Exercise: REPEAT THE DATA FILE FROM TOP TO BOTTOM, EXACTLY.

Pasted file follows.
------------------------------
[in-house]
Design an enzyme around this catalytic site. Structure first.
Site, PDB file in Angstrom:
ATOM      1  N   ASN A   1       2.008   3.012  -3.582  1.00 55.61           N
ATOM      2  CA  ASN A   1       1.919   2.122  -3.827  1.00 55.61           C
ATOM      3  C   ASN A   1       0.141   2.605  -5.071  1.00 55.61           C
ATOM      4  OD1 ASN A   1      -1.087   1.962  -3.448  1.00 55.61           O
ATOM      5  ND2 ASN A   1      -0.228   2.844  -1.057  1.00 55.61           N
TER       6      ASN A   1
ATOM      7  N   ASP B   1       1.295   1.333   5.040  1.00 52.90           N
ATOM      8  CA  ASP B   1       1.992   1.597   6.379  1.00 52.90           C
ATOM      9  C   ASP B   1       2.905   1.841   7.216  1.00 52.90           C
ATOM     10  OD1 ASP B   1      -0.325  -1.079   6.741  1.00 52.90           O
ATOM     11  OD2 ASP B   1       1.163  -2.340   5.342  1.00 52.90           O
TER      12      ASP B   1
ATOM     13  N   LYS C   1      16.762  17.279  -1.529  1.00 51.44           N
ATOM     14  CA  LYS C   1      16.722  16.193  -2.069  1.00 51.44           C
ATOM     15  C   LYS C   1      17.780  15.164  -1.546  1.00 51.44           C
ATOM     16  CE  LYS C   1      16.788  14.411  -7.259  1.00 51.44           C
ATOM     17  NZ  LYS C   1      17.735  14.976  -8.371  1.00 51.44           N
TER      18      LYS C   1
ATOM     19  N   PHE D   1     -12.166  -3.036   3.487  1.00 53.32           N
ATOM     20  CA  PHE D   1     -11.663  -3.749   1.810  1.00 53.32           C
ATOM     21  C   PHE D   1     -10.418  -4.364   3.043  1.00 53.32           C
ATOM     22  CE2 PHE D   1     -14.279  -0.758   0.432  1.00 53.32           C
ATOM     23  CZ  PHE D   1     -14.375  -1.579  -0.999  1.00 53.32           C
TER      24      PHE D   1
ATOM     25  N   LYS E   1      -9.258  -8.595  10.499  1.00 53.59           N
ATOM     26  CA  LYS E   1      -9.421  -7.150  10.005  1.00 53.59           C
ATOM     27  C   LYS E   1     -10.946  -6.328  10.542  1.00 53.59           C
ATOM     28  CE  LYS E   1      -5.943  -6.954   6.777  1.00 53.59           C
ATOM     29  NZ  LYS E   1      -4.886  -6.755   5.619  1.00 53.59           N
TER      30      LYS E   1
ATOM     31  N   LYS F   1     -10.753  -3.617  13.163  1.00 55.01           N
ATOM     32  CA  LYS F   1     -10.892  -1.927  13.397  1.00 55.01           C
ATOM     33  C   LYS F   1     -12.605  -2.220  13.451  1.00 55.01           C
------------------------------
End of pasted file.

[in-house]
Design an enzyme around this catalytic site. Structure first.
Site, PDB file in Angstrom:
ATOM      1  N   ASN A   1       2.008   3.012  -3.582  1.00 55.61           N
ATOM      2  CA  ASN A   1       1.919   2.122  -3.827  1.00 55.61           C
ATOM      3  C   ASN A   1       0.141   2.605  -5.071  1.00 55.61           C
ATOM      4  OD1 ASN A   1      -1.087   1.962  -3.448  1.00 55.61           O
ATOM      5  ND2 ASN A   1      -0.228   2.844  -1.057  1.00 55.61           N
TER       6      ASN A   1
ATOM      7  N   ASP B   1       1.295   1.333   5.040  1.00 52.90           N
ATOM      8  CA  ASP B   1       1.992   1.597   6.379  1.00 52.90           C
ATOM      9  C   ASP B   1       2.905   1.841   7.216  1.00 52.90           C
ATOM     10  OD1 ASP B   1      -0.325  -1.079   6.741  1.00 52.90           O
ATOM     11  OD2 ASP B   1       1.163  -2.340   5.342  1.00 52.90           O
TER      12      ASP B   1
ATOM     13  N   LYS C   1      16.762  17.279  -1.529  1.00 51.44           N
ATOM     14  CA  LYS C   1      16.722  16.193  -2.069  1.00 51.44           C
ATOM     15  C   LYS C   1      17.780  15.164  -1.546  1.00 51.44           C
ATOM     16  CE  LYS C   1      16.788  14.411  -7.259  1.00 51.44           C
ATOM     17  NZ  LYS C   1      17.735  14.976  -8.371  1.00 51.44           N
TER      18      LYS C   1
ATOM     19  N   PHE D   1     -12.166  -3.036   3.487  1.00 53.32           N
ATOM     20  CA  PHE D   1     -11.663  -3.749   1.810  1.00 53.32           C
ATOM     21  C   PHE D   1     -10.418  -4.364   3.043  1.00 53.32           C
ATOM     22  CE2 PHE D   1     -14.279  -0.758   0.432  1.00 53.32           C
ATOM     23  CZ  PHE D   1     -14.375  -1.579  -0.999  1.00 53.32           C
TER      24      PHE D   1
ATOM     25  N   LYS E   1      -9.258  -8.595  10.499  1.00 53.59           N
ATOM     26  CA  LYS E   1      -9.421  -7.150  10.005  1.00 53.59           C
ATOM     27  C   LYS E   1     -10.946  -6.328  10.542  1.00 53.59           C
ATOM     28  CE  LYS E   1      -5.943  -6.954   6.777  1.00 53.59           C
ATOM     29  NZ  LYS E   1      -4.886  -6.755   5.619  1.00 53.59           N
TER      30      LYS E   1
ATOM     31  N   LYS F   1     -10.753  -3.617  13.163  1.00 55.01           N
ATOM     32  CA  LYS F   1     -10.892  -1.927  13.397  1.00 55.01           C
ATOM     33  C   LYS F   1     -12.605  -2.220  13.451  1.00 55.01           C